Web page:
Returning contributors

Last season Michigan had two former five-star running backs on its roster. Neither of them have come anywhere near their expected potential and neither made a major impact on the 2015 season.

(Rick Osentoski, USA Today Sports)

(Rick Osentoski, USA Today Sports)

Now Derrick Green is gone and Ty Isaac is surrounded by uncertainty. He wasn’t bad last season, but he wasn’t good enough to stay in Harbaugh’s rotation.

Isaac’s first year in Ann Arbor was defined by one 76-yard touchdown dash against UNLV, but he also averaged a solid 4.4 yards per carry the other 29 times his number was called. He fell out of the rotation for one reason: fumbles.

Isaac’s role on the team basically evaporated after a near-disastrous goal line fumble in Maryland. Michigan was backed up inside its own five-yard line when Isaac coughed up the ball in a one-possession game. The Wolverines recovered, but it was the last straw for Harbaugh. Isaac received only four touches the rest of the season.

The talent is there, and there’s definitely a spot for Isaac in Michigan’s backfield. But he’s running out of time to make the most of it.

Karan Higdon is the only other returning running back who received double digit carries last season. As a true freshman, Higdon impressed Harbaugh enough to earn playing time against ranked opponents in Northwestern and Michigan State. He figures to be similarly buried on the depth chart this season, but with so many big, bruising running backs fighting for carries, Higdon will be a potential change of pace.

Projected Stats – Isaac
Rushing Attempts Rushing Yards YPC TDs YPG Receiving Yards
50 240 4.8 2 18.5 25
Career Stats
2015 30 205 6.8 1 29.3 0
2014 N/A N/A N/A N/A N/A N/A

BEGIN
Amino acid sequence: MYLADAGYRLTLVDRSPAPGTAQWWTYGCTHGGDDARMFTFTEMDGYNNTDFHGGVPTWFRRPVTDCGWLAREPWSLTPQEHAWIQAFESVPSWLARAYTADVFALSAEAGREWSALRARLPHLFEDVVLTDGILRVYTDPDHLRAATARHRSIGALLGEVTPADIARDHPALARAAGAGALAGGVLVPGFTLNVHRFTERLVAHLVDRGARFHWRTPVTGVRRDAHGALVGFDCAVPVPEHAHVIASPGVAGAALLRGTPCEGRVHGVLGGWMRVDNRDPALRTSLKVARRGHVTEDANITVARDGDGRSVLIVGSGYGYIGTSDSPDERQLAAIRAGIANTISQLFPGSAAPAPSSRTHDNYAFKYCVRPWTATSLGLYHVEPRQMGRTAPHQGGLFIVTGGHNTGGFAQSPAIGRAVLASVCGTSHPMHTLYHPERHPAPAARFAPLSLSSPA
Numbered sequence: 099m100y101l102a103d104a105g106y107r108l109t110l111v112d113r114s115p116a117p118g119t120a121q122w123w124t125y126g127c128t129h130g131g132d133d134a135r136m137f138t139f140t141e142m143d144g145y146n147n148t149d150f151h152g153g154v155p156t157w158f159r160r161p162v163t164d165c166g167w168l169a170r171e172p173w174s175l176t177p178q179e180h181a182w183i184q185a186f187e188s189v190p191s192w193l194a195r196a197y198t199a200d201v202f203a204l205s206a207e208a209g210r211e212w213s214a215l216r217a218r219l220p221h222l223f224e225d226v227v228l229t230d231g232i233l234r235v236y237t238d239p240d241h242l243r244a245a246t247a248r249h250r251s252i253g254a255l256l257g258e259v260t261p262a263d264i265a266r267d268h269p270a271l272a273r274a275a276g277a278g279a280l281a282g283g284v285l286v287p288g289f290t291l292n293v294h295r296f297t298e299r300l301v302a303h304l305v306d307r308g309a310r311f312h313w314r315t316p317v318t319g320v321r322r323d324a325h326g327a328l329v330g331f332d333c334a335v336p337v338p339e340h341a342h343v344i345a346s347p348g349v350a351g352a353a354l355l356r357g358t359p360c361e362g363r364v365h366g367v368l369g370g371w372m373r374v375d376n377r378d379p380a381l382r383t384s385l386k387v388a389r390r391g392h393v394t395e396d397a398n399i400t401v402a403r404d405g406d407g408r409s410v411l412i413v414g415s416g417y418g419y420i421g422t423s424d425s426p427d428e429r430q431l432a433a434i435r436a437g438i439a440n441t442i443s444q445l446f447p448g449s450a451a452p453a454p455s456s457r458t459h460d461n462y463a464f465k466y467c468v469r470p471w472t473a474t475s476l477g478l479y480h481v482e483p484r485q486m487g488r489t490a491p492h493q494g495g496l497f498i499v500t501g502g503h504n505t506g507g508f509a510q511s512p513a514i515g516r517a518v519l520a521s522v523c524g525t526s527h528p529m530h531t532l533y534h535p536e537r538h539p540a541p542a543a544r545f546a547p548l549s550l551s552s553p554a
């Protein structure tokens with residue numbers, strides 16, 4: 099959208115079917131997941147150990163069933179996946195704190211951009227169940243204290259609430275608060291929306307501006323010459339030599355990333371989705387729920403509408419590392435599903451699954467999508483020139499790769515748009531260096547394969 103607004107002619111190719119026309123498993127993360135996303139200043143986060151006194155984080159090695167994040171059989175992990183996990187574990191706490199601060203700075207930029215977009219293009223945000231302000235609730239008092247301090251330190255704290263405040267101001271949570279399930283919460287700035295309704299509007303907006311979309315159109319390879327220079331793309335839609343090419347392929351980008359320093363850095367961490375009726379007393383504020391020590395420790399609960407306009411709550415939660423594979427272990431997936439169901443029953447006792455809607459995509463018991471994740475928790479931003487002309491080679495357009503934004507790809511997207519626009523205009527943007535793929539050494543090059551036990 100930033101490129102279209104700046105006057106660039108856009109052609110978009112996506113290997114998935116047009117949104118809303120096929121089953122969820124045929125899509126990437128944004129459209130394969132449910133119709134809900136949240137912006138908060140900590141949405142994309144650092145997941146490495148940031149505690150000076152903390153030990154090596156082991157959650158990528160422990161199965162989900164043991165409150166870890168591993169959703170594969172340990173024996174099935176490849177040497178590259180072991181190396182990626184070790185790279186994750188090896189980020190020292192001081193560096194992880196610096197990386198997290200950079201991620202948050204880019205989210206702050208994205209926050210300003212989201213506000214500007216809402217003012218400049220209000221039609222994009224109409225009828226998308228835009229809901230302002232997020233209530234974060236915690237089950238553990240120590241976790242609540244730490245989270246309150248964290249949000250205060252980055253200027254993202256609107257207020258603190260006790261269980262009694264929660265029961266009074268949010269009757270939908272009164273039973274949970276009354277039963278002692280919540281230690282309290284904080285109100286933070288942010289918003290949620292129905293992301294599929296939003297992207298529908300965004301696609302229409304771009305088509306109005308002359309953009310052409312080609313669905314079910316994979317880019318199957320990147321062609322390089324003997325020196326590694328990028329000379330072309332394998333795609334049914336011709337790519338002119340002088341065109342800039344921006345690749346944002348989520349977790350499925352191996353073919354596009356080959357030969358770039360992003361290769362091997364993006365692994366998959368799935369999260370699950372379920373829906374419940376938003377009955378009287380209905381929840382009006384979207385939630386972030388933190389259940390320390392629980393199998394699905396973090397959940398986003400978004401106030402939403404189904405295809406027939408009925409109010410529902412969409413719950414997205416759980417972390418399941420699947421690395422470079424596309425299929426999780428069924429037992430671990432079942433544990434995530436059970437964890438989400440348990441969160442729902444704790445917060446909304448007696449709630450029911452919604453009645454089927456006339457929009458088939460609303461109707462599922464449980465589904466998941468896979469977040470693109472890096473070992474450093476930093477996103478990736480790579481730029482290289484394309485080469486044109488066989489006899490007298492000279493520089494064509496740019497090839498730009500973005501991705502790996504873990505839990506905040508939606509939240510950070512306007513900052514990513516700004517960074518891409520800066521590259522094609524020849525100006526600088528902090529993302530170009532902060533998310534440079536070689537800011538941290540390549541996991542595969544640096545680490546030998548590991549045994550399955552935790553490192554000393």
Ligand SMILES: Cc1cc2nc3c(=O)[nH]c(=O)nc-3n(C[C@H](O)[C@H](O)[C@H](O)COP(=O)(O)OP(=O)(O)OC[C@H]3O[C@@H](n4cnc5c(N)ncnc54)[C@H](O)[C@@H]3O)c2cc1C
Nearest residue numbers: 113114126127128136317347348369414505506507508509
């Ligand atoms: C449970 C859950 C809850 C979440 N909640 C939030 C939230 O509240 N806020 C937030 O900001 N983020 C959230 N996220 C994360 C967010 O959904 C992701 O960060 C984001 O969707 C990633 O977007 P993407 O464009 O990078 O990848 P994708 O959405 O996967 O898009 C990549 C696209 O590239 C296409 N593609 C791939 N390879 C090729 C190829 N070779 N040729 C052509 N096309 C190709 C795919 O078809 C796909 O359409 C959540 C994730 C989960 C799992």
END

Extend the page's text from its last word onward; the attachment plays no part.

2013 40 236 5.9 2 16.9 57
Totals 70 441 6.3 3 21.0 57
Projected Stats – Higdon
Rushing Attempts Rushing Yards YPC TDs YPG Receiving Yards
20 60 3.0 0 4.6 7
Career Stats
2015 11 19 1.7 0 6.3 3
Totals 11 19 1.7 0 6.3 3
New Faces

Michigan brought in a pair of huge running backs this offseason, including one of the top overall recruits in the nation.

Kareem Walker was one of the most valuable commitments in recent Michigan history after he flipped from Ohio State, not only because he helped recruit guys like Rashan Gary and Michael Dwumfour, but also because he’s a five-star talent who fits the Harbaugh offense perfectly.

Walker is a powerful inside runner and makes a living abusing tacklers one-on-one. Michigan fans got their first look at the freshman when he blew up two tacklers on a red zone run in the Spring Game.

Though he admits he doesn’t want to be a back who carries the ball 30 times per game, Walker expects to be in the rotation from Day 1. At this point, there’s no reason to doubt he will be.

The other, less heralded running back commit is Kingston Davis, who snubbed a handful of SEC schools to make the trip north to Ann Arbor. The Alabama native fits into the same category as Smith and Walker. He’s a huge body who welcomes contact and runs between the tackles.

Harbaugh loves big running backs. Now, he has plenty of them.

Projected Stats – Walker
Rushing Attempts Rushing Yards YPC TDs YPG Receiving Yards
70 350 5.0 5 26.9 35
Projected Stats – Davis
Rushing Attempts Rushing Yards YPC TDs YPG Receiving Yards
20 80 4.0 1 6.2 4
Meet the Rest

Wyatt Shallman: Senior, 6-3, 245, from Hartland, Mich. (Detroit Central Catholic)
Career stats: 4 attempts for 14 yards, 0 TDs
Joe Hewlett: Junior, 6-0, 195, from Novi, Mich. (Northville)
No career stats